After earning the Design Award Sept. 21, robotics subteam 62X set a new record for the earliest VEX California State Championship qualification under Team 62’s division. Adjudicators at the qualifying competition, which took place at Arnold Beckman High School, granted 62X the award for creating an engineering notebook. The notebook chronicled all of the team’s design choices and the reasoning behind their decisions.
Subteam 62X receives Design Award
Subteam 62X, comprised of Justin Ansell ’20, Katie Mumford ’20 and Dean Reiter ’20 formulated the idea behind their robot during the summer and began building in July, Mumford said. After two unsuccessful prototypes, the team finished constructing their robot Sept. 20 and presented its engineering notebook to the judges Sept. 21.
“It was a really gratifying experience to win the Design Award, as it’s one of the two highest awards you can get at a competition,” Mumford said. “Since there were over 40 teams there, it was a big honor to win such a prestigious award, and it’s a really great feeling to already be qualified for the state championship.”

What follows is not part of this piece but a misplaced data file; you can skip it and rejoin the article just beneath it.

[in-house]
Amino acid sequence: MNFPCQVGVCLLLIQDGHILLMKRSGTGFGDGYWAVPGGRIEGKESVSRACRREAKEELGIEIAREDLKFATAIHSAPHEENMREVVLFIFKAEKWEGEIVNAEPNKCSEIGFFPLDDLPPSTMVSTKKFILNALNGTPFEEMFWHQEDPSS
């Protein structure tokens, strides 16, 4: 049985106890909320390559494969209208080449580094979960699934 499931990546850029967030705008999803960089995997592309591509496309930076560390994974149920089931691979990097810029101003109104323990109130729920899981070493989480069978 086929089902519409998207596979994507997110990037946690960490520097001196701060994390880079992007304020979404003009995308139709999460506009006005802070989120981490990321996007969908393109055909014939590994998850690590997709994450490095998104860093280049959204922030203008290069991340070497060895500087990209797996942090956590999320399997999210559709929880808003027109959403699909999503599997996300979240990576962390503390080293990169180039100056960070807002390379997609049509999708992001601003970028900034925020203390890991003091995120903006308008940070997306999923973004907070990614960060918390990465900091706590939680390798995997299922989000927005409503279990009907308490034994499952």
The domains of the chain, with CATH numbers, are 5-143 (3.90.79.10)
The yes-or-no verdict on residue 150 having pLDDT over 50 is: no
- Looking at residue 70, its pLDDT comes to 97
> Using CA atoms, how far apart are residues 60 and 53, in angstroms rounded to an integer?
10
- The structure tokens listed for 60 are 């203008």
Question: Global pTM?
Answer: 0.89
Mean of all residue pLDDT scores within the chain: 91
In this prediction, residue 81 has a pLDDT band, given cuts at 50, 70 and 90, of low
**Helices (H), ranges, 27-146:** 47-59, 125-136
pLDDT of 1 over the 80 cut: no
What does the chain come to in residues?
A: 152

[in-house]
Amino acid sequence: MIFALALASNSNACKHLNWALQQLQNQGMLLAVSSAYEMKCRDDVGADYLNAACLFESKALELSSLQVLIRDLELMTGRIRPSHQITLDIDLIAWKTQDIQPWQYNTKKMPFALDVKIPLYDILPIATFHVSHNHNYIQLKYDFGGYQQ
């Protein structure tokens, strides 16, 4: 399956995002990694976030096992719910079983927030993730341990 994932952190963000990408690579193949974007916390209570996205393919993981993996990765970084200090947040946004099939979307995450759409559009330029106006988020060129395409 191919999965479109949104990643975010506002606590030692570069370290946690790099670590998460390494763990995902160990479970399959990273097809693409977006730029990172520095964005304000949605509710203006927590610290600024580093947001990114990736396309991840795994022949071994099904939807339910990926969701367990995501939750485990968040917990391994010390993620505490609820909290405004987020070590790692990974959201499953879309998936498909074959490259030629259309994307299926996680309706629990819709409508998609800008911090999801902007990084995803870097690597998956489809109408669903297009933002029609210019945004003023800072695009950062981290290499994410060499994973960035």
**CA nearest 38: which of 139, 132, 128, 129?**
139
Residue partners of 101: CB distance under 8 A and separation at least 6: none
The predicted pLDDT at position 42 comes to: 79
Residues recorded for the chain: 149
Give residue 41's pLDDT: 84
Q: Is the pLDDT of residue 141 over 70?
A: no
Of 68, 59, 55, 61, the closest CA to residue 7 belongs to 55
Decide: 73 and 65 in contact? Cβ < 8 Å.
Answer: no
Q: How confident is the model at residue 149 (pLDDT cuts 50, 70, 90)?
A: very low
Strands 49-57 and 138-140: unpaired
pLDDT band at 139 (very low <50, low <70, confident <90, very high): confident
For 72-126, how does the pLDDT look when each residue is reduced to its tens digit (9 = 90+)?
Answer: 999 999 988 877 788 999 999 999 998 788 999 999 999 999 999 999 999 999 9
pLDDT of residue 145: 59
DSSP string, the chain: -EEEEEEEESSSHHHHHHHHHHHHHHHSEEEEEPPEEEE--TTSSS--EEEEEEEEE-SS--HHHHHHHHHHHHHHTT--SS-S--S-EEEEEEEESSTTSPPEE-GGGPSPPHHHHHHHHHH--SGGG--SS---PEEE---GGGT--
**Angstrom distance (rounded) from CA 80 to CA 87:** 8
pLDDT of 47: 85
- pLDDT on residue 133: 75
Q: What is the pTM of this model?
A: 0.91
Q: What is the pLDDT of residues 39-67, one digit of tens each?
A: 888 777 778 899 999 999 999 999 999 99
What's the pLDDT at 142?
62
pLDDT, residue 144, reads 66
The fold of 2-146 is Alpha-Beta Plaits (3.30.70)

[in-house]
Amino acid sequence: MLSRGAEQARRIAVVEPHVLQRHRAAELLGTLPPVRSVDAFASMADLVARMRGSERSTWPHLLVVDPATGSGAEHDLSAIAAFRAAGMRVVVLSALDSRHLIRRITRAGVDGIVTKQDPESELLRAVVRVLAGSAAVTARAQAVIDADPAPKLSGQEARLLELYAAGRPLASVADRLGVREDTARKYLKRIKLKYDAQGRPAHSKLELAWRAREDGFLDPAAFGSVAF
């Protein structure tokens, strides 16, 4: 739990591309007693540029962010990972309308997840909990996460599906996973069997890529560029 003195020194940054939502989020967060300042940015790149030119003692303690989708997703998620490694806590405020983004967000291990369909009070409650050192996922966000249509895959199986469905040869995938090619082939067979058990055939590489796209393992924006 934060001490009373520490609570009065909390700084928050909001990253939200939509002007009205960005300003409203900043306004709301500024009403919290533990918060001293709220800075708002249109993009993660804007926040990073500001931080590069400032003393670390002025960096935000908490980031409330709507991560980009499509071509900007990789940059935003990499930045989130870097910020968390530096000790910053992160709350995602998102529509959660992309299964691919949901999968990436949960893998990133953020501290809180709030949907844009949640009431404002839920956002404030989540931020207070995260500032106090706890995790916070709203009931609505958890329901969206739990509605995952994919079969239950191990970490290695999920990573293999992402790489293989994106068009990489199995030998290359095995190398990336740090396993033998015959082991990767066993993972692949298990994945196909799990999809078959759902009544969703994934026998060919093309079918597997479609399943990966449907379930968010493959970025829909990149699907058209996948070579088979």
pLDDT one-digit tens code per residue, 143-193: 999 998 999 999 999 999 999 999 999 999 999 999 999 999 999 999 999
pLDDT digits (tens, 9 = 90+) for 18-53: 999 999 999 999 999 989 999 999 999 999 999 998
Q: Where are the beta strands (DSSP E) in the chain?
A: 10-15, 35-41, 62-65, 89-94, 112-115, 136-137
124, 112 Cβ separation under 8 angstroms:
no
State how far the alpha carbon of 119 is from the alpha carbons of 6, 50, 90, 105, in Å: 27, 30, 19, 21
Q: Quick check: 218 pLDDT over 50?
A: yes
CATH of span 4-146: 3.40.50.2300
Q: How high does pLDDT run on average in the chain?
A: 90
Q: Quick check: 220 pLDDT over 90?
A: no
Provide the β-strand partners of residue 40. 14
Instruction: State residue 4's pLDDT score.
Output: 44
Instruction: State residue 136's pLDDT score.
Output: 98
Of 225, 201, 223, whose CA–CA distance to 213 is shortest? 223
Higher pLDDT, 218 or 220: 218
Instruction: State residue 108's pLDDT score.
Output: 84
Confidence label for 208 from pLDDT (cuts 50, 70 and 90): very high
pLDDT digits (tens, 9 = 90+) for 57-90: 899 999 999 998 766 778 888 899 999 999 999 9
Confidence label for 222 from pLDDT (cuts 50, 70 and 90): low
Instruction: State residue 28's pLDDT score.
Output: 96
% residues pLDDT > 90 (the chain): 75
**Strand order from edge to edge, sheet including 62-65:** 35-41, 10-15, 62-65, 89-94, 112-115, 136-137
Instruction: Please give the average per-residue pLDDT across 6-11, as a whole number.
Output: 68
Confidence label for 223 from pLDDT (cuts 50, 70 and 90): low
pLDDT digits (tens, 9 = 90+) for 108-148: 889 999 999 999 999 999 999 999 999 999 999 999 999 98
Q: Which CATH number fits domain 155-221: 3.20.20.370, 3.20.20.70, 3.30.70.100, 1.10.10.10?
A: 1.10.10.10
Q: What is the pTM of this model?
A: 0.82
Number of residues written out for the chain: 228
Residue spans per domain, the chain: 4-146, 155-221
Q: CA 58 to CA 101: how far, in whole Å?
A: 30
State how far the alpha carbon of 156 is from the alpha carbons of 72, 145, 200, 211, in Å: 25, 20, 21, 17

Subteam 62A makes it to quarterfinals
Subteam 62A, consisting of Yvette Copeland ’21, Jake Futterman ’21, Isaiah Jeter ’21, Reggie Kim ’21 and Chris Ladreyt ’21 also participated in the tournament, winning four sets before it was eliminated in the quarterfinals. Futterman said his team hopes to implement several structural changes to its robot in order to improve its performance before the next competition.
“We definitely got a sense of some of the problems with our robot [at the tournament],” Futterman said. “For example, there were some problems with the robot fitting [within the sizing constraints of the competition] and with it deploying, so we’re definitely going to be working on those issues leading up to the next tournament.”
Subteams works to improve in future tournaments
Robotics coach Andrew Theiss said that both subteams demonstrated an intense focus that, while mostly beneficial, occasionally prevented team members from clearly analyzing potential problems with their robots. Nevertheless, he remains confident that their strong work ethic will enable them to succeed in future tournaments.
“The teams are putting in so much effort that the velocity of their progress can almost be a detriment to their success,” Theiss said. “It’s very difficult to gain that perspective if you’re always pushing 100 percent. But in terms of the teams and the issues they face, there’s nothing that they can’t already overcome, and they’re going to put in the work to overcome it.”